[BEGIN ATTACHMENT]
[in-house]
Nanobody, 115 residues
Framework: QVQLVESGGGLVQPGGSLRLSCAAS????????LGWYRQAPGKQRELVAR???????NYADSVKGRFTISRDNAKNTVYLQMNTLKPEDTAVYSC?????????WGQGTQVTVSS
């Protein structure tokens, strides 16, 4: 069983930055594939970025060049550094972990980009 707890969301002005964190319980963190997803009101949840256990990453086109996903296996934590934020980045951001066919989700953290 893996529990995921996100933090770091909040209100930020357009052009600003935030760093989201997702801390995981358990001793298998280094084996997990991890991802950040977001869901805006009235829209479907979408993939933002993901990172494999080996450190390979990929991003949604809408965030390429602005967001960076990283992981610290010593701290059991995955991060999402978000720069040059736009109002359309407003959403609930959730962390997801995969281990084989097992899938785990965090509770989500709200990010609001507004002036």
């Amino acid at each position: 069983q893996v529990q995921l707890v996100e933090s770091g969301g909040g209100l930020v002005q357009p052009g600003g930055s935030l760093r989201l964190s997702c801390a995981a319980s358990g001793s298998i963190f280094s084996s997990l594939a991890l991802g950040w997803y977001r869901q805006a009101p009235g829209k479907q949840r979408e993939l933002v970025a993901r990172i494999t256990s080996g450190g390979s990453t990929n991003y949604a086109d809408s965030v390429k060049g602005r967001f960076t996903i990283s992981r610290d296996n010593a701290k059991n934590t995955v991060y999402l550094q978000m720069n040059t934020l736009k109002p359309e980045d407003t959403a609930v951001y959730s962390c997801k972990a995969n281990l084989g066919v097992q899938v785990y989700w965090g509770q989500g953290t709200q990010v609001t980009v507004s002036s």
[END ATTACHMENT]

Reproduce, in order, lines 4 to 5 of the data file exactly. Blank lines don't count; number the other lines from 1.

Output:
């Protein structure tokens, strides 16, 4: 069983930055594939970025060049550094972990980009 707890969301002005964190319980963190997803009101949840256990990453086109996903296996934590934020980045951001066919989700953290 893996529990995921996100933090770091909040209100930020357009052009600003935030760093989201997702801390995981358990001793298998280094084996997990991890991802950040977001869901805006009235829209479907979408993939933002993901990172494999080996450190390979990929991003949604809408965030390429602005967001960076990283992981610290010593701290059991995955991060999402978000720069040059736009109002359309407003959403609930959730962390997801995969281990084989097992899938785990965090509770989500709200990010609001507004002036």
């Amino acid at each position: 069983q893996v529990q995921l707890v996100e933090s770091g969301g909040g209100l930020v002005q357009p052009g600003g930055s935030l760093r989201l964190s997702c801390a995981a319980s358990g001793s298998i963190f280094s084996s997990l594939a991890l991802g950040w997803y977001r869901q805006a009101p009235g829209k479907q949840r979408e993939l933002v970025a993901r990172i494999t256990s080996g450190g390979s990453t990929n991003y949604a086109d809408s965030v390429k060049g602005r967001f960076t996903i990283s992981r610290d296996n010593a701290k059991n934590t995955v991060y999402l550094q978000m720069n040059t934020l736009k109002p359309e980045d407003t959403a609930v951001y959730s962390c997801k972990a995969n281990l084989g066919v097992q899938v785990y989700w965090g509770q989500g953290t709200q990010v609001t980009v507004s002036s």